Flu Vaccination Safety Concerns.

Article By: Patrick Mansfield | U.S. Health Alerts
Flu Shots

For the past 50 years, flu vaccines have been used as a safe and effective measure for preventing the spread of several strains of the influenza virus. The Center for Disease Control and Prevention (CDC) has conducted extensive research on the vaccine and has determined that it is both safe and suitable for use by the majority of the population. 

Vaccine safety is closely monitored by the CDC using two primary systems:

1. Vaccine Safety Datalink (VSD):
A collaboration of nine healthcare organizations to conduct research on vaccine safety and detect adverse effects following vaccinations. VSD data is updated weekly and compared to existing data to determine possible negative associations.

2. Vaccine Adverse Event Reporting System (VAERS): 
A national vaccine safety program run by the CDC and the Food and Drug Administration (FDA). VAERS collects information about adverse events surrounding vaccinations and allows anyone who has experienced an adverse reaction to a vaccine to submit a report.

A common question concerning the flu vaccine is whether it is capable of giving individuals the influenza virus. The answer is, in fact, no. Flu vaccines are not capable of producing flu symptoms in those who receive them. Vaccines contain modifications of the virus to prevent individuals from actually experiencing illness. Either an inactivated form of the virus or a particle designed to mimic the structure of the virus are used to help the body build immunity to the true virus.

While the vaccine cannot give individuals the influenza virus, it is possible to experience side effects following the vaccination. Such side effects will subside within days and are generally harmless. These may include:

Nausea | Headache | Muscle pain | Fever | Swelling or soreness at injection site | Occasional fainting

There has been a very small association between the flu vaccine and onset of Guillain-Barre syndrome (GBS). Overall the risk has been assessed at less than .000002% of those vaccinated. GBS has not been linked to the nasal form of the vaccine and is actually more common following a bout of the actual influenza virus.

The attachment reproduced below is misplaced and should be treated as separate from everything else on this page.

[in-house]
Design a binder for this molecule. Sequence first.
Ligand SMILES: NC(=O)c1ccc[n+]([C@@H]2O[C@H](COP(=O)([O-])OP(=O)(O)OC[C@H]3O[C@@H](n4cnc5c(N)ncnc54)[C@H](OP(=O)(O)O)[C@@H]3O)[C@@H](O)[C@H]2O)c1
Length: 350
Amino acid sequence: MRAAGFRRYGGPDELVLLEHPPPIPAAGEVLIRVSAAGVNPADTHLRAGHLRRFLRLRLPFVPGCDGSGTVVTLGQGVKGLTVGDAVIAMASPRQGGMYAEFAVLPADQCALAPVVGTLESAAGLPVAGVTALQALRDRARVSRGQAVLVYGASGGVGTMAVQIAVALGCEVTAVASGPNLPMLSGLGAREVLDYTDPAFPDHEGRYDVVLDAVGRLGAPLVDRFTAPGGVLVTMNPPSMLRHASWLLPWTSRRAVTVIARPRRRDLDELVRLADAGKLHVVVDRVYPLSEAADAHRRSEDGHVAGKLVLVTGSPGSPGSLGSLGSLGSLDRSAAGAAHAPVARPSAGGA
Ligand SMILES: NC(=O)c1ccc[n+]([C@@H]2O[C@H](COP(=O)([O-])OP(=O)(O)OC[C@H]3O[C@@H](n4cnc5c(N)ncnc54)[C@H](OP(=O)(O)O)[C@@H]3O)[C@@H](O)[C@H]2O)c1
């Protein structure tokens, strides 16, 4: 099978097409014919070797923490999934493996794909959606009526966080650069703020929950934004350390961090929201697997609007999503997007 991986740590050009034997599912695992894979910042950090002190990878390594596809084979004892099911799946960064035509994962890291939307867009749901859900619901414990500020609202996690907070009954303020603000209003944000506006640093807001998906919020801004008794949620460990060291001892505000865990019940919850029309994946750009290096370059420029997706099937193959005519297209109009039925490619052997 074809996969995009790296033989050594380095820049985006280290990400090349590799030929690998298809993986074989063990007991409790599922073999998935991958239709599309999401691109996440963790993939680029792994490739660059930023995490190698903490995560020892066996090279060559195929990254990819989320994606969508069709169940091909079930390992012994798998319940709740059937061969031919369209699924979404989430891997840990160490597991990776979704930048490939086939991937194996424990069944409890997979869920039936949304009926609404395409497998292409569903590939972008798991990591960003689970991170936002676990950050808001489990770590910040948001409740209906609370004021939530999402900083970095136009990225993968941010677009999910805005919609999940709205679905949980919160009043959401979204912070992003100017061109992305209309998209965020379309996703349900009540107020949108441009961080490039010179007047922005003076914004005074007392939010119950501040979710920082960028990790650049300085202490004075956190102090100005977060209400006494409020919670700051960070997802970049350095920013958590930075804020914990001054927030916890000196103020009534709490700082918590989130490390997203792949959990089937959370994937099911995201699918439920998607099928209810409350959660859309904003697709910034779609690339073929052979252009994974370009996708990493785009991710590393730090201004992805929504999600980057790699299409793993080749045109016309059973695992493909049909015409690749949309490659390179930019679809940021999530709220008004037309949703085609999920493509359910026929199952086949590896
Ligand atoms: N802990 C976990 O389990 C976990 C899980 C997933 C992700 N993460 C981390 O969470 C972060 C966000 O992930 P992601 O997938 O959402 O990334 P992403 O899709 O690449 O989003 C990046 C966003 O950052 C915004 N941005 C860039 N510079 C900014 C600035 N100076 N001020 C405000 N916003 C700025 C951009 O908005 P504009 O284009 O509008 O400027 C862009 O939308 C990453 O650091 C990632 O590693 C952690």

As with any vaccine, side effects are fairly common and should be expected. Should you experience a more severe reaction, call 9-1-1 or contact your doctor immediately. Symptoms of a severe reaction to the flu vaccine may include:

Difficulty breathing | Paleness | Hives | Increased heartbeat |Dizziness
Facial swelling | Wheezing/hoarse voice

Reactions of this nature are rare, but can generally be expected within minutes to hours of injection. Following such a reaction, individuals should report their experience to the Vaccine Adverse Event Reporting System (VAERS) through their website.

If for any reason, you believe the flu vaccine has caused you injury, you can visit the National Vaccine Injury Compensation Program website to learn more about federal compensation for your injury.

While the flu vaccine holds tremendous benefits for the majority of people, there are those who should not receive the vaccination. These include individuals less than six months of age, and those with life-threatening allergies to any ingredient in the vaccine, or the vaccine itself. It is both safe and effective for pregnant women to receive the vaccine, and they are encouraged to do so to protect not only themselves but their developing fetus. The CDC recommends that all individuals, six months of age and older, receive the vaccine to prevent the spread of influenza virus.

Individuals who have egg allergies, have experienced Guillain-Barre syndrome, or are not feeling well should consult with their doctor prior to receiving the vaccine.

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